We got back from skiing last night and went to a Twelfth Night party. It was the first time we had a galette, the traditional French tart baked with a fève inside. Our hosts made their own, which is unusual. Basically, no one bakes in France. It's too easy to go to the local pâtissier.
The custom is for the youngest child present to go under the table and call out people's names as the galette is divided up. The person who is given the slice with the fève is then king or queen of the evening.
"C'est toujours moi qui a le fève," said Maxime, confidently, before he even stuck his fork into his slice. Sure enough, the fork hit something hard and he pulled out a little porcelain figure of the Mère Michel (a French nursery-rhyme figure who loses her cat. Tragically, the père Lustucru tells her he has sold the cat as rabbit meat. You can hear the song here). He did not put the crown on his head.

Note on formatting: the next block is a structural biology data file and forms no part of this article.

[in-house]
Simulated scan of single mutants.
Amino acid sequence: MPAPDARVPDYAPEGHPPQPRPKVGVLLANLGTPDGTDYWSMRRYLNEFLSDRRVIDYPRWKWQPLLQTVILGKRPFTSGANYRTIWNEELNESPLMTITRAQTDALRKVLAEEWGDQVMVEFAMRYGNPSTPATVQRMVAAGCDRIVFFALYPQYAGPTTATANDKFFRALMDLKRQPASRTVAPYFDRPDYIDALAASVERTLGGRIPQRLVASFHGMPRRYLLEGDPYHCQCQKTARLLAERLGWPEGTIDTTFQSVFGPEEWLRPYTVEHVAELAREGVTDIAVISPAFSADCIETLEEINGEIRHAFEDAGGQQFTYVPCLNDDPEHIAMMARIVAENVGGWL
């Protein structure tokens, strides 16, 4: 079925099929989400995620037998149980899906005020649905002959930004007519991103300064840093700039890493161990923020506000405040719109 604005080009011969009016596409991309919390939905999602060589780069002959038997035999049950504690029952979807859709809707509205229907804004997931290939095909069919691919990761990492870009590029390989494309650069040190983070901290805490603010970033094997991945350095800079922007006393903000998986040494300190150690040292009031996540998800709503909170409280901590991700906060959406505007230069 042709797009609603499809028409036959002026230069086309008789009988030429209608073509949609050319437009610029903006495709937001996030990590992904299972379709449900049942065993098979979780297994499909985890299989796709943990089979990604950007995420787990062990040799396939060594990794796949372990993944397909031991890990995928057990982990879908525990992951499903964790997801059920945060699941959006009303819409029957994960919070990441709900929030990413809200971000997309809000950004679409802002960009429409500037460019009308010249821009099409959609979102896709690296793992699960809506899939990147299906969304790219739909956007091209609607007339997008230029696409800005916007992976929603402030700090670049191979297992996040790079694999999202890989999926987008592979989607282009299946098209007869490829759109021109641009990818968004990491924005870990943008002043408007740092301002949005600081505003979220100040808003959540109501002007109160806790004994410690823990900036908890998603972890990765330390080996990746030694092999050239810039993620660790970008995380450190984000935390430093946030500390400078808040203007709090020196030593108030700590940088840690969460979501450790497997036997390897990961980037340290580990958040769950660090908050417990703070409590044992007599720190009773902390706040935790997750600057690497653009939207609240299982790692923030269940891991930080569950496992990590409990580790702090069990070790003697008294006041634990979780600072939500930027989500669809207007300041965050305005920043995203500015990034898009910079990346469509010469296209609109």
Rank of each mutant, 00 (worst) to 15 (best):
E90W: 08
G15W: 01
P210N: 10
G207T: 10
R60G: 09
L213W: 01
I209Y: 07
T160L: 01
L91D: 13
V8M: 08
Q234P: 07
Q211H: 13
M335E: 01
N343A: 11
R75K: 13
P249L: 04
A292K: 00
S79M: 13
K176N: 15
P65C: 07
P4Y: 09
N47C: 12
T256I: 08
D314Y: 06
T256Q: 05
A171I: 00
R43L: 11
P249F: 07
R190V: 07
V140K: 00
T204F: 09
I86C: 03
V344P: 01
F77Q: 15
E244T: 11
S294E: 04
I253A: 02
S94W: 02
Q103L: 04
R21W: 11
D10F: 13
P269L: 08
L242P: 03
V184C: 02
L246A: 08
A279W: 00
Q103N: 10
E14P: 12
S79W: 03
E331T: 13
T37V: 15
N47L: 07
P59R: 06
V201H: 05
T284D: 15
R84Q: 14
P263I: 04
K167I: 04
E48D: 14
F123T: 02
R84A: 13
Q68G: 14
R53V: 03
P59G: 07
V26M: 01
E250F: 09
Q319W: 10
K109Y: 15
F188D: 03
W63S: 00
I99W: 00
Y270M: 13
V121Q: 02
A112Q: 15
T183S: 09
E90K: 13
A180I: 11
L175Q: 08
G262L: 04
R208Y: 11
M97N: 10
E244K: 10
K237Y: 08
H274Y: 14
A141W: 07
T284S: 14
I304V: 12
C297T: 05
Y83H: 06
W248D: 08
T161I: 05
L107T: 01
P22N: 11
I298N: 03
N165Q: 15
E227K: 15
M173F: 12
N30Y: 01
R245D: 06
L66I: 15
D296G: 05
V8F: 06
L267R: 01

Bakeries compete with each other over the fèves, which were originally beans (fève means bean). A lot of people collect fèves, as you can see at French flea markets. I don't collect them but I don't throw them away. On the bottom of each fève I write the date and who won it. Over the years we have amassed a large collection of fèves that includes Astérix le Gaulois, the Virgin Mary, a crown that is also a ring (designed by Inès de la Fressange), and various figures of the Christmas crèche.
Not many Americans know this, but there is an old Epiphany tradition in Louisiana, too. A King Cake is baked with a "baby" inside. The person who finds it is then the King. Twelfth Night marks the beginning of the Mardi Gras season. In New Orleans, Christmas and Mardi Gras celebrations take all the time between Thanksgiving and Ash Wednesday at the beginning of Lent.
Twelfth Night also means it's time to take the Christmas tree down. So sad!